Smoke rose from thousands of incense sticks in the temple near downtown Honolulu. A huge golden Guan Yin, the merciful deity who is both woman and man, watched over us as nuns chanted sutras for the salvation of all sentient beings. Scores of people milled about, performing their individual devotions. I bowed my head to the floor three times and placed oranges before the red-faced warrior god, Guan Yu, in honor of my father, a soldier neither Buddhist nor Chinese, who embraced all humanity, good and bad.
A shelf in my parents’ living room holds three sacred texts: the Holy Bible, Lives of the Saints, and Mein Kampf (in German). Daddy was fascinated with the Third Reich, the beauty and horror of a people who had gone so wrong, but looked so good doing it.
WWII was his first war. As a sailor in the Pacific theater, he did not fight the Germans he loved so dearly. Daddy left the Navy, joined the Army Special Forces, skipped the Korean War to marry my mother, and did a tour in Vietnam during the worst of the conflict. He survived encounters with the enemy unscathed, only to suffer chronic health problems from Agent Orange.
Charges were brought against my father for a stunt he pulled while in ’Nam. The officer in charge of Daddy’s battlefield unit wanted a clean jeep, so he ordered a young private to wash it in a nearby stream outside of the unit’s protective perimeter. The boy did not come back. Daddy was one of the soldiers sent to find him. First they located the abandoned jeep. Then they found pieces of the young private.
My father stormed into his commanding officer’s tent, pistol in hand. Daddy put the gun to the man’s head and promised to kill him if he ever again endangered another soldier for something so trivial. At the court marshal, Daddy avoided jail time by claiming the weapon was not loaded.
I asked him about the incident, and he told me the truth.
Divine truth visited him in the person of a Buddhist priest who was walking right into a battle zone my father had just left. Referring to gravestones in a nearby cemetery, Daddy spoke to the priest in French: "Mon père, why are the names in Chinese and not Vietnamese?"
The venerable monk looked at my father with infinite compassion, put his hand on Daddy’s shoulder, and said, "Mon fils américain, my poor, ignorant son! Don’t you know? God only speaks Chinese." Five years ago, I gave my father a vertical silk banner for his Roman Catholic funeral. The silk is white with black Chinese calligraphy, bearing his name so that God would know him. He was ecstatic.
We were not close when I was growing up. I feared him, his mercurial temper, the cruel teasing that drove my mother from the dinner table in simmering protest. Mutual dislike inspired me to look for reasons to despise him. When my 19-year-old self made a homophobic remark, he chided me, saying that some of the finest men he had ever met were homosexual. I said nothing, but thought to myself, Yeah, you say that because you are a faggot just like them, Daddy.
It was not easy for either of us to love the men who brought us into this world. His own upbringing was so severe that his step-granddaddy, a red-headed Yankee with the lofty KKK rank of Grand Dragon, threatened to send men in white sheets to horsewhip my grandparents if they did not treat their son better. As soon as my father turned 16, he did not let his shirttail touch his fanny before he joined the Navy and got the hell out of Mississippi.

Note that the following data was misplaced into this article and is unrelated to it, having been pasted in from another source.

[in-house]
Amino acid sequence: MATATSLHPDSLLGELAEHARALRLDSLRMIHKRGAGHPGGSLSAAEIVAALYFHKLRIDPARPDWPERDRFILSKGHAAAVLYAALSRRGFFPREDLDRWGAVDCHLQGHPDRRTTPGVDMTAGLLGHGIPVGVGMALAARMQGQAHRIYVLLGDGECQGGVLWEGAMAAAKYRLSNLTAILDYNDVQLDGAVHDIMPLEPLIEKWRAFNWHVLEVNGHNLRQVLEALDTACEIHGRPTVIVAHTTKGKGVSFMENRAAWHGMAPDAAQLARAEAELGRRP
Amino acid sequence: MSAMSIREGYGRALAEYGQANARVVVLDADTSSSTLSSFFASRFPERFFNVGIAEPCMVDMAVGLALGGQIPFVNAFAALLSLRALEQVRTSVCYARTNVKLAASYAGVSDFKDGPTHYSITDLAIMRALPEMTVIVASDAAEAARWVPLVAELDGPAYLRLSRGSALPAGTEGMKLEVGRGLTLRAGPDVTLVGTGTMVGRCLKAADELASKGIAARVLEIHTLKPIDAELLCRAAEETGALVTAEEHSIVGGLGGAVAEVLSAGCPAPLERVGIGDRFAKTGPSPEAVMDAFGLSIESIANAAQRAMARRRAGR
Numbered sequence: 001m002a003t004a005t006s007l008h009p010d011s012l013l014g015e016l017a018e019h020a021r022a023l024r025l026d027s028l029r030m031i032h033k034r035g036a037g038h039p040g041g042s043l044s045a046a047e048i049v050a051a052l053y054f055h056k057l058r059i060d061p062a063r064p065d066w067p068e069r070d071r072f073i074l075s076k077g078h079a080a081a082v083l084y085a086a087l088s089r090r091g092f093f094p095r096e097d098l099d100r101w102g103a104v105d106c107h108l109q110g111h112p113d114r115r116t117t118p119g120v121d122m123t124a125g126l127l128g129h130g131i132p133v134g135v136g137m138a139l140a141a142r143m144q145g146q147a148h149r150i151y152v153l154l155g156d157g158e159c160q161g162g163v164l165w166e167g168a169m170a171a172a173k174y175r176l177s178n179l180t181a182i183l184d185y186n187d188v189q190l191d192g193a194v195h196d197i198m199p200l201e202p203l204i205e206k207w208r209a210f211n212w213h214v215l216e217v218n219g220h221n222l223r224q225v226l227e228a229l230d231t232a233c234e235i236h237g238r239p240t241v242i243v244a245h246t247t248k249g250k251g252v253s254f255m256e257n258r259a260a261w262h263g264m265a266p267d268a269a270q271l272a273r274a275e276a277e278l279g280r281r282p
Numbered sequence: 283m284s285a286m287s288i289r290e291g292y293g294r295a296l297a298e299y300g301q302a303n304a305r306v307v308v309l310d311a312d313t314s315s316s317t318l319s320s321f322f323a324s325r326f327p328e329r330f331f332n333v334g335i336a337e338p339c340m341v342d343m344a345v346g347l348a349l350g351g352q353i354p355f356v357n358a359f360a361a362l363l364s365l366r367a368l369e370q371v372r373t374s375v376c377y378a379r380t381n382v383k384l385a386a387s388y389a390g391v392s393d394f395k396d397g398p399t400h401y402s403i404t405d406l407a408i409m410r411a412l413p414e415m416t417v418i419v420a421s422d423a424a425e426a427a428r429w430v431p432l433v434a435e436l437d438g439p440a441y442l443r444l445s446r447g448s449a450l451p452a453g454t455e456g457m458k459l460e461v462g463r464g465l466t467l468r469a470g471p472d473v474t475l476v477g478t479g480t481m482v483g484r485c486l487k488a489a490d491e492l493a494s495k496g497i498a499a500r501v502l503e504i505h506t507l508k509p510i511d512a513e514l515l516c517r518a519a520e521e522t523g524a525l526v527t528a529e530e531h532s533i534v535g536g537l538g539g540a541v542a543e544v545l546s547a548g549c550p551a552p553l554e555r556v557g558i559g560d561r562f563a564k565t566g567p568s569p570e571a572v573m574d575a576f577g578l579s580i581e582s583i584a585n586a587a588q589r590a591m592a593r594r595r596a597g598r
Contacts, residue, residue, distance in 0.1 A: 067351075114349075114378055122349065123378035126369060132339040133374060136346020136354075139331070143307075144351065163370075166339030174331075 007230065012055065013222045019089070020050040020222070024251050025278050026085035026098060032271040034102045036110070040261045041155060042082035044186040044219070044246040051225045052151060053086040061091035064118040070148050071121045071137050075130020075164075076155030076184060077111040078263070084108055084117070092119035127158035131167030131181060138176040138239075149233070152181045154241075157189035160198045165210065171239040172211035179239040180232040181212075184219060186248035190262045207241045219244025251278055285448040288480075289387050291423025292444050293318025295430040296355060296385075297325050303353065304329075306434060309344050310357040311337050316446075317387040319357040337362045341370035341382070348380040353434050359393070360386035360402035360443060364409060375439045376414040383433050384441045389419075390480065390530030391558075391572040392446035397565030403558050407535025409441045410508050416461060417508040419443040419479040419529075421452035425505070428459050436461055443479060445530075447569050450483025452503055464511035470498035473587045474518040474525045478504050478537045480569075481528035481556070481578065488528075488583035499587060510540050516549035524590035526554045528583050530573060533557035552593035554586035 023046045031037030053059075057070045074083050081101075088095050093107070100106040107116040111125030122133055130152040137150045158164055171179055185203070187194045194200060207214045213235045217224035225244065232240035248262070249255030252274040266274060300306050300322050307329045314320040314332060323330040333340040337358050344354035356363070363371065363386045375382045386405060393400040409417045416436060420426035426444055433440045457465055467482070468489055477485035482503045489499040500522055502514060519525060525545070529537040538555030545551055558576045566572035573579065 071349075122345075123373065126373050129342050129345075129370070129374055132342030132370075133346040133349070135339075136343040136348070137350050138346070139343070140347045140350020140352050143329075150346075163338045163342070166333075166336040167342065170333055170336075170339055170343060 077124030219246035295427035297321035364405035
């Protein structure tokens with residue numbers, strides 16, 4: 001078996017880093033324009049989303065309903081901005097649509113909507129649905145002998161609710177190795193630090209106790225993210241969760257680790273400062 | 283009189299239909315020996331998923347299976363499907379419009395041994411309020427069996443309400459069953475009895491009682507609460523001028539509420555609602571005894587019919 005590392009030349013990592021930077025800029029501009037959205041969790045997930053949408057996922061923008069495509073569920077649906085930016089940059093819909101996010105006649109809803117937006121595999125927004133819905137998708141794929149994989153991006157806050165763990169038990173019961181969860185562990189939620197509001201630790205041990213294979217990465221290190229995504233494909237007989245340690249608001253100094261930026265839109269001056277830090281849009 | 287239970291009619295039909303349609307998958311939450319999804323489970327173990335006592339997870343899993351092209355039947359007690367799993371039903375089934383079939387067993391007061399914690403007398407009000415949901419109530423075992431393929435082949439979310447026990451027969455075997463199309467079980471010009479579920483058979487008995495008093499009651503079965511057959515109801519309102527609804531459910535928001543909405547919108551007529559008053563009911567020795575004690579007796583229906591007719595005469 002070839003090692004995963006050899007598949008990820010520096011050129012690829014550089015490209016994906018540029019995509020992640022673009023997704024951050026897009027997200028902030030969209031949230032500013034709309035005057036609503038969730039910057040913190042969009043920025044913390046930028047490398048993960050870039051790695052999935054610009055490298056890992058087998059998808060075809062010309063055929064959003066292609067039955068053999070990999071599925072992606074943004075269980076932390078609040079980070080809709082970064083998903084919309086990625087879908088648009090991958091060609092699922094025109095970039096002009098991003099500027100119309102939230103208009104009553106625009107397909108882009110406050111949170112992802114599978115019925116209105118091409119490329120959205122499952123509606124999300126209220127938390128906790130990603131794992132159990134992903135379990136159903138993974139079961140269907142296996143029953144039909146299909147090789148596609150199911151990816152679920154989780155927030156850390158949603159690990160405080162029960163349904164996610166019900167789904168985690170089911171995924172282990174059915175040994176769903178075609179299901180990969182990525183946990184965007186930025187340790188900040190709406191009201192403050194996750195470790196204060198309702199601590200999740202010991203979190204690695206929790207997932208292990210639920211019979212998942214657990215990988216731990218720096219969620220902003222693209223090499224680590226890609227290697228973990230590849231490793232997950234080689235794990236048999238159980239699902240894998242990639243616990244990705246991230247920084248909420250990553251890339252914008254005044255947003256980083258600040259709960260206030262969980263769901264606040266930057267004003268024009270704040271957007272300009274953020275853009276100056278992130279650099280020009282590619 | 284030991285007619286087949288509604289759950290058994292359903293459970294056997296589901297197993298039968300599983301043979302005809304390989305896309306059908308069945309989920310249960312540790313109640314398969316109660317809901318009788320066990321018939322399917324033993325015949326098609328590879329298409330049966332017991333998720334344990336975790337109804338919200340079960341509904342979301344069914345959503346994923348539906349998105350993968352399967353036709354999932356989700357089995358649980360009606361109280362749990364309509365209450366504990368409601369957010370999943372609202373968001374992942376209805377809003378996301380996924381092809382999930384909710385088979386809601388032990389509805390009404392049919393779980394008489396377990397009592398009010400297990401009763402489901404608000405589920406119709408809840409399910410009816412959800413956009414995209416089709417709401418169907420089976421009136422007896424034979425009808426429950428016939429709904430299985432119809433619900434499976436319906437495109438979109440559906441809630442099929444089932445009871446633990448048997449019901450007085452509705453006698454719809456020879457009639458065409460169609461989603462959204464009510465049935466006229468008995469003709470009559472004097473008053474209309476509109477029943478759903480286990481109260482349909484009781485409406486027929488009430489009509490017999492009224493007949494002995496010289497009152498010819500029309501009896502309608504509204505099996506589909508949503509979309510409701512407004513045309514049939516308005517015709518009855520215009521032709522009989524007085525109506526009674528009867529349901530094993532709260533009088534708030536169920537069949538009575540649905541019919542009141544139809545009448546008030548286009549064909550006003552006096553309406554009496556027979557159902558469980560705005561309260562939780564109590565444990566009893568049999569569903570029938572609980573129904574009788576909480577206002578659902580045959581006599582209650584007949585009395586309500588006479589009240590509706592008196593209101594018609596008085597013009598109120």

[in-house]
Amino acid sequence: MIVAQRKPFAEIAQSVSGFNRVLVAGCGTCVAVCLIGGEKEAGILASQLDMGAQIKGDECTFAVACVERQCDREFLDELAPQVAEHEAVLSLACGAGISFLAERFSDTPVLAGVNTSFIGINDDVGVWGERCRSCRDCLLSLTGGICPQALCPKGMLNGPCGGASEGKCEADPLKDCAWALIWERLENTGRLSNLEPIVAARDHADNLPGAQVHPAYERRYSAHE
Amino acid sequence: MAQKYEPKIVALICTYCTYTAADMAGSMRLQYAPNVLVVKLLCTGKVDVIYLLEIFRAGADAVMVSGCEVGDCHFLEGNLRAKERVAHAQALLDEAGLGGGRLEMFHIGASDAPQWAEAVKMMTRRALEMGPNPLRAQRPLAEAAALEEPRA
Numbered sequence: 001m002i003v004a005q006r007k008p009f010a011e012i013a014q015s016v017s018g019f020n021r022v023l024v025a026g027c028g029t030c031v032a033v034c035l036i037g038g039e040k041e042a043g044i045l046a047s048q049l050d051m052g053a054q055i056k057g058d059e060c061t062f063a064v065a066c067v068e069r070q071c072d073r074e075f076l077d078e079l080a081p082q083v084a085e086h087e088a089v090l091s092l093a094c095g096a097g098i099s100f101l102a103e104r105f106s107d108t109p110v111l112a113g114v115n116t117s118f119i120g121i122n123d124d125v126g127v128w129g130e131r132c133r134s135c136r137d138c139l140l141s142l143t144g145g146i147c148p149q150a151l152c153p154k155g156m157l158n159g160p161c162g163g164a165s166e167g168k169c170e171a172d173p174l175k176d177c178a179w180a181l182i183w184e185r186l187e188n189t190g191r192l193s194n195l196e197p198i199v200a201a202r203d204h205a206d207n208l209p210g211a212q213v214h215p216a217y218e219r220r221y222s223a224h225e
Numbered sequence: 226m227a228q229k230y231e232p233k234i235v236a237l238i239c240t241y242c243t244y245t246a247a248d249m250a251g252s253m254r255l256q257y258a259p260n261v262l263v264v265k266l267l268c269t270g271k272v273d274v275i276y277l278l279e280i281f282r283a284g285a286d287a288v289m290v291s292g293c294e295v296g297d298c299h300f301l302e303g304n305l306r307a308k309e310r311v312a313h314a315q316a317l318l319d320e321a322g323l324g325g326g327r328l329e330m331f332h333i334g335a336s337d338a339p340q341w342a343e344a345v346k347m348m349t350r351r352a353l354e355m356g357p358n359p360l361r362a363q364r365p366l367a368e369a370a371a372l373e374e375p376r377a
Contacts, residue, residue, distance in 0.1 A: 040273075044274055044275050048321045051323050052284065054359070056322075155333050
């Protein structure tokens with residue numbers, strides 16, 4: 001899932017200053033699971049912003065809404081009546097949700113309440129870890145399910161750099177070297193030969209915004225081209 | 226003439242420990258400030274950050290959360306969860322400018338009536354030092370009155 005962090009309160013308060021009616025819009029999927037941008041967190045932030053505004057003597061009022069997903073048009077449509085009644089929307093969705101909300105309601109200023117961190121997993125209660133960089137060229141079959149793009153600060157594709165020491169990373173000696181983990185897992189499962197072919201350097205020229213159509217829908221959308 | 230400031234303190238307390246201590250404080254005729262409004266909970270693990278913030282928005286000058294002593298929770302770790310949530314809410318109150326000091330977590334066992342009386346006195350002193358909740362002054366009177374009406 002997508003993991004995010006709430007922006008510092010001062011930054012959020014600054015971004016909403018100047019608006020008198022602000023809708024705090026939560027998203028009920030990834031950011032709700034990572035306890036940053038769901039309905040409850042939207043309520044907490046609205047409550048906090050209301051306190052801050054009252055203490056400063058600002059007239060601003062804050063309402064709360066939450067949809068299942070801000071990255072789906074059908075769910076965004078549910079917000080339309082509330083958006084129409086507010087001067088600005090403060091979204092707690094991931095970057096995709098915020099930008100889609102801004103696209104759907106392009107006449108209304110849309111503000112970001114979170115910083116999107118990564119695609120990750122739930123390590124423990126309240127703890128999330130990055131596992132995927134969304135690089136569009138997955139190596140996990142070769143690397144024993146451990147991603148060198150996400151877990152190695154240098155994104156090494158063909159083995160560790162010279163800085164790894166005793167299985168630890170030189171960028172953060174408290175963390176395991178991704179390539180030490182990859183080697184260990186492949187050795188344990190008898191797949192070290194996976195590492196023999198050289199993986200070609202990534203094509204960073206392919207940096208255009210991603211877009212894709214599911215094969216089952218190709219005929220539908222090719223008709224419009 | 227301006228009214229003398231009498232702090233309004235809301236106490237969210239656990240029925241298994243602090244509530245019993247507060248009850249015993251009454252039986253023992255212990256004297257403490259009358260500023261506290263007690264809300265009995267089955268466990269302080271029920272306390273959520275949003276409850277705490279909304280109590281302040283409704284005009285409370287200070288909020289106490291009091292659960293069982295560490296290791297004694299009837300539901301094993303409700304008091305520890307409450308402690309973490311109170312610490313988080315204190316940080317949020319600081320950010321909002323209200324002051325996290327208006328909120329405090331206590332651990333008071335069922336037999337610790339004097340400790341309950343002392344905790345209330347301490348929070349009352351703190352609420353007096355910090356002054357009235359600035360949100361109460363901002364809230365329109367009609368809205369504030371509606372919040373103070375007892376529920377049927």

I came out to my parents in 2000 after I moved to Ohio and fell in love with Kevin. Daddy told me just the year before about brave soldiers who died in Vietnam - Gay men whose bones were still there - and their blood ran just as red as his. I was confident that he would not get upset when I told him the truth.
I was wrong. When I called my folks in Texas and gave them the news, my father asked my mother if he could speak to me in private.
Never before had I heard my father weep, but he wept then. He asked me if something he did during a trip to Colorado had turned me homosexual: in a flash of anger a quarter-century earlier, he told my younger brothers and me that he was sick of us. He was leaving the family.
I had forgiven him years before, the incident long forgotten. Not Daddy. The memory festered quietly within him until that very moment. My heart melted and I told him another truth: I had been attracted to men for as long as I could remember.
My coming out gentled us, bonded us. From 2006 to 2012, I called my father on November 11 so we could sing "Quand Madelon," a mildly erotic battle song about a tavern maid, to honor his father who served in the Army during WWI. Sometimes my husband joined us.
My father met my man during the celebration of my parents’ fiftieth wedding anniversary. Kevin immediately won Daddy over by handing him a vintage copy of The Rise and Fall of the Third Reich, which Daddy promptly enshrined next to Mein Kampf, The Lives of the Saints, and the Holy Bible.
"I don’t love Kevin like a son-in-law," Daddy told me. "I love him like a son."
I did not attend Daddy’s funeral in Our Lady of Guadalupe Church near San Antonio. The truth is I feared showing my ass if conversation with some of my not-so-tolerant siblings went wrong. It has happened before. Instead, I made my small offering for Ray Martinez-Weems in the crowded, incense-filled temple dedicated to the Goddess/God of Mercy.